These cone 04 glazes have the same recipe (a version of Worthington Clear sourcing B2O3 from Ulexite instead of Gerstley borate). But the one on the right is more glassy, more transparent. Why? It has 10% added lead bisilicate frit. Lead bisilicate produces dazzling transparent glazes. no other method matches it. While potters gasp at the thought of using lead consider this: They thrive on unstable flux-deprived, glass-deprived and alumina-deprived base stoneware glazes with additions of large percentages of toxic colorants like chrome and manganese!

A lead bisilicate frit fails a leach test. Yet as-a-glaze it passes. Why?

I have soaked a lead bisilicate frit in vinegar overnight. To test whether it is leaching I pour the vinegar leachate into a test tube, soak a Q-Tip in the sensor solution and dip it into the vinegar. It turns black immediately - so we have lead in the leachate! But this is not as it seems.

Remember a key point here: The frit glass had no opportunity to be annealed - it was crash-cooled by being quenched in water. Annealing and associated toughening of the surface is a natural consequence of a glaze cooling slowly in a periodic kiln - which is why pieces made using an 85:15 mix of this same frit and kaolin, pass this test. The same 85:15 mix also still passes a lead check test if melted into an ingot and crushed into a granular powder (this is amazing given the exponential increase in surface area).

Links

Materials Lead Sesquisilicate Frit
A standard frit of 1 molar part of PbO and 1.5 of SiO2. It melts lower than a lead bisilicate.
Materials Frit
Frits are made by melting mixes of raw materials, quenching the melt in water, grinding the pebbles into a powder. Frits have chemistries raw materials cannot.
Materials Ferro Frit 3498
Materials Pemco Frit Pb-700
Materials Potclays Frit 2261
Materials Ferro Frit 3602
Materials Solargil Frit FR2
Materials Ferro Frit 4064
Materials Ferro Frit 4364
Materials Ceraflux
An alumina lead bisilicate from Hammond Lead Products in Indiana. The data sheet claims it is safe and insoluble in stomach acid.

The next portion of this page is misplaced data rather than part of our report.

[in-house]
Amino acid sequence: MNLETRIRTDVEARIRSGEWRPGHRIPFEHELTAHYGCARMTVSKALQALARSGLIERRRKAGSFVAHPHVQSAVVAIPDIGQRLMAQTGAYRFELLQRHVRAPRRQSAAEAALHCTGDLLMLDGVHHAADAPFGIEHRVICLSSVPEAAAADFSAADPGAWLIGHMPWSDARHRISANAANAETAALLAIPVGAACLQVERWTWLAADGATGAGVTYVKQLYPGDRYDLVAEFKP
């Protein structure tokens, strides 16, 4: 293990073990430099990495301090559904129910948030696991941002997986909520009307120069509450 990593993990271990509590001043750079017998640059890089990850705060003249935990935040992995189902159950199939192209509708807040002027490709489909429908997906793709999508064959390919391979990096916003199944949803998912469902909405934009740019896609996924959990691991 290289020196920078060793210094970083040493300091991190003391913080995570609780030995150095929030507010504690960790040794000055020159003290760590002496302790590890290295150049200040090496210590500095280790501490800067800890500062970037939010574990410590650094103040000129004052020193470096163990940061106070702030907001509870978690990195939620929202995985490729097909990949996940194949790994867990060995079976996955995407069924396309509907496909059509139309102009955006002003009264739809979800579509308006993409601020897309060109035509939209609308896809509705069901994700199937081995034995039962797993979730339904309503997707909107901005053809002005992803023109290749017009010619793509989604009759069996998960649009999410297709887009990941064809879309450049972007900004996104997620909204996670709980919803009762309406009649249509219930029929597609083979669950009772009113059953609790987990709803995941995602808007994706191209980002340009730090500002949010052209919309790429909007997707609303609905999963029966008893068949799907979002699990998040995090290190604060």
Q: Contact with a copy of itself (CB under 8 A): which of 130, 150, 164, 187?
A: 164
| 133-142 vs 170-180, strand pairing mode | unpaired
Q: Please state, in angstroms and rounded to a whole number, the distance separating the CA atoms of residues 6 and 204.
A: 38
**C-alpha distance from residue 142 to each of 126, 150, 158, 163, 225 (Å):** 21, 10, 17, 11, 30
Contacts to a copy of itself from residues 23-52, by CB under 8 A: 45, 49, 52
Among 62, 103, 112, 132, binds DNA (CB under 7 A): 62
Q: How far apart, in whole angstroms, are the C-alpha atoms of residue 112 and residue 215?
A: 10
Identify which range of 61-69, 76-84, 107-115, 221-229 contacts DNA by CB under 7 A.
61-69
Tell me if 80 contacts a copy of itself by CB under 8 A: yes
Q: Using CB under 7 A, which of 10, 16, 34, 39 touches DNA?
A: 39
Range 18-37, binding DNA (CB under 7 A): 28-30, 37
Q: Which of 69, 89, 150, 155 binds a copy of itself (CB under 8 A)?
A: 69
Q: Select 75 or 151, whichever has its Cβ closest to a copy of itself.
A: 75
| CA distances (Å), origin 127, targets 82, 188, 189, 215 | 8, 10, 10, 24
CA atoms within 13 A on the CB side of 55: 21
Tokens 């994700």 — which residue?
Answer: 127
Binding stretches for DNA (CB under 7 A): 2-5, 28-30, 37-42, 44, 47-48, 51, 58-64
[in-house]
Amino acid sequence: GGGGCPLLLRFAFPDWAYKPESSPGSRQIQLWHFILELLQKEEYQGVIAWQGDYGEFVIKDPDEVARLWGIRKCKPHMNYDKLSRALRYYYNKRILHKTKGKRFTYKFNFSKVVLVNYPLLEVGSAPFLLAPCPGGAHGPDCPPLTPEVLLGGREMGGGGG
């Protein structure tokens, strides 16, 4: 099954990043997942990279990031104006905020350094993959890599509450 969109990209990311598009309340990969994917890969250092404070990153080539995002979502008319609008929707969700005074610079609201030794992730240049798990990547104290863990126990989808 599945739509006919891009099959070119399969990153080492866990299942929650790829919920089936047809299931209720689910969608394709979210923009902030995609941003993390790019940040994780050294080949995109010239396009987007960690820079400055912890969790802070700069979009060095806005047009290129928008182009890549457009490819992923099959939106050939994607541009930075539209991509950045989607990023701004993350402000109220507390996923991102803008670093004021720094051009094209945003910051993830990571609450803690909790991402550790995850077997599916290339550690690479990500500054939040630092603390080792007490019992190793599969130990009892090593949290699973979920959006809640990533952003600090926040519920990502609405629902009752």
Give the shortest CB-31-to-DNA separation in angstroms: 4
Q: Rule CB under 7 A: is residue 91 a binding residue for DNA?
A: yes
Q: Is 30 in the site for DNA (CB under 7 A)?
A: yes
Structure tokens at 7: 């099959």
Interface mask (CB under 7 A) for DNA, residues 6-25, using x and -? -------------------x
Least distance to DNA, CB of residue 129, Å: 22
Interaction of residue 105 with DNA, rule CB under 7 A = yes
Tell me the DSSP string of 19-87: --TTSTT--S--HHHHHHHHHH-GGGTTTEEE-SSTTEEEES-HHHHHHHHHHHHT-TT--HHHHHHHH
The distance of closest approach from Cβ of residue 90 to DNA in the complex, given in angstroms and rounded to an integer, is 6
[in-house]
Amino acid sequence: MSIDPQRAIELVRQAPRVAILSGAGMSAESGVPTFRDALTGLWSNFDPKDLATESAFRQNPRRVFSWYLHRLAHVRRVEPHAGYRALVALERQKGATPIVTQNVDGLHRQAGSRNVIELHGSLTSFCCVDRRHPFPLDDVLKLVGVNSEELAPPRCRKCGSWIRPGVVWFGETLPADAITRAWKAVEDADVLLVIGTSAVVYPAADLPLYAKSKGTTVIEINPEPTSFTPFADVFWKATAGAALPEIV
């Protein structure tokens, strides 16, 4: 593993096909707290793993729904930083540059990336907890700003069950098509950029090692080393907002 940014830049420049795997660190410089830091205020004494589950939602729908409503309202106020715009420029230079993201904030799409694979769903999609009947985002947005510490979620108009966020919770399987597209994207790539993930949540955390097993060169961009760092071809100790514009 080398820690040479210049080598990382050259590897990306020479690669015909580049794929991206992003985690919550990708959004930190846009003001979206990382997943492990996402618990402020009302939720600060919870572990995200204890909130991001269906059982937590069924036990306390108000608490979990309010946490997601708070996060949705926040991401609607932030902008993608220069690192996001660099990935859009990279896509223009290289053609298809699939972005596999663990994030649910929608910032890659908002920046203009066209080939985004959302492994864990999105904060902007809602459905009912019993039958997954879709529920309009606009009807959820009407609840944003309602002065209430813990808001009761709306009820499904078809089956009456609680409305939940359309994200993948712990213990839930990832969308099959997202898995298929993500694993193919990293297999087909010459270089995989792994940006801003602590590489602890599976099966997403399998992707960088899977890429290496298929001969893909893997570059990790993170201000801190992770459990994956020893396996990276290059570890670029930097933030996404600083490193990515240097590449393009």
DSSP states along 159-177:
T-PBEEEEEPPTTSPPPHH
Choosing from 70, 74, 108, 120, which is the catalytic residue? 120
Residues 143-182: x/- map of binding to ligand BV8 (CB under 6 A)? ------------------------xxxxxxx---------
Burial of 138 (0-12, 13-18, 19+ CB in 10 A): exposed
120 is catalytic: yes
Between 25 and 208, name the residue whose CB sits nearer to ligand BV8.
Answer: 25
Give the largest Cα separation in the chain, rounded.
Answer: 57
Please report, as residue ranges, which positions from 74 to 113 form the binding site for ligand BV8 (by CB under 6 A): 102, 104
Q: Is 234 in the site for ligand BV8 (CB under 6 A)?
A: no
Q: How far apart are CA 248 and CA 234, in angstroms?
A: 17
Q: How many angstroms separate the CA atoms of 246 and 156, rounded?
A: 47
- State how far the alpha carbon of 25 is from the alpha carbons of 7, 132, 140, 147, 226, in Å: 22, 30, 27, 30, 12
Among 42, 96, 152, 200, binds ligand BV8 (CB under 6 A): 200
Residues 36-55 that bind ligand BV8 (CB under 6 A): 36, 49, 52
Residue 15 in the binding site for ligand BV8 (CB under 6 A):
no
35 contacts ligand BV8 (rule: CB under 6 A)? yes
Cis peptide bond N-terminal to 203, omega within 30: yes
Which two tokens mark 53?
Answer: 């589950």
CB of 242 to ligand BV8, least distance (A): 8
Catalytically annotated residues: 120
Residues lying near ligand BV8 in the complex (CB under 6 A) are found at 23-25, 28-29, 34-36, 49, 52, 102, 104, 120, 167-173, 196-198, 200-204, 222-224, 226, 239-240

Materials PotteryCrafts Frit P2950
Materials Pemco Frit Pb-545
Materials P29 Frit
Materials Ceraflux
Materials Lead Bisilcate B-15
Materials Hommel Frit 437
Materials BPS Lead Bisilicate
Materials Lead Monosilicate Frit
A standard frit of 1 molar part of PbO and 1 of SiO2. It melts lower than a lead bisilicate.
Materials Frit Welte FR 2015
Materials Ceradel Frit C 1249
Materials Ceradel Frit C 1250
Materials Ceradel Frit C 1251
Materials Ferro Frit 3403
Materials Red Lead
Materials Lead Carbonate
Materials Ferro Frit CE VTR 29
Materials Frit 3647
Hazards Lead Toxicology
Hazards Lead in Ceramic Glazes
Lead glazes may or may not be hazardous. This topic is not as clear as you might think.
Typecodes Leaded Frit
Frits can contain 1% or 80% PbO so this category can be misleading, check the chemistry to find out.
Typecodes Frit
A frit is the powdered form a man-made glass. Frits are premelted, then ground to a glass. They have tightly controlled chemistries, they are available for glazes of all types.
Glossary Metallic Glazes
Non-functional ceramic glazes having very high percentages of metallic oxides/carbonates (manganese, copper, cobalt, chrome).
Glossary Lead in Ceramic Glazes
Lead is a melter in ceramic glazes and performs exceptionally well and must be misused to be toxic. It is also now environmentally pervasive. It is toxic and cumulative at any level of exposure.

Data

Co-efficient of Linear Expansion 7.1 x 10-6
Frit Softening Point 880-1050C M
Frit Softening Point 1390F
By Tony Hansen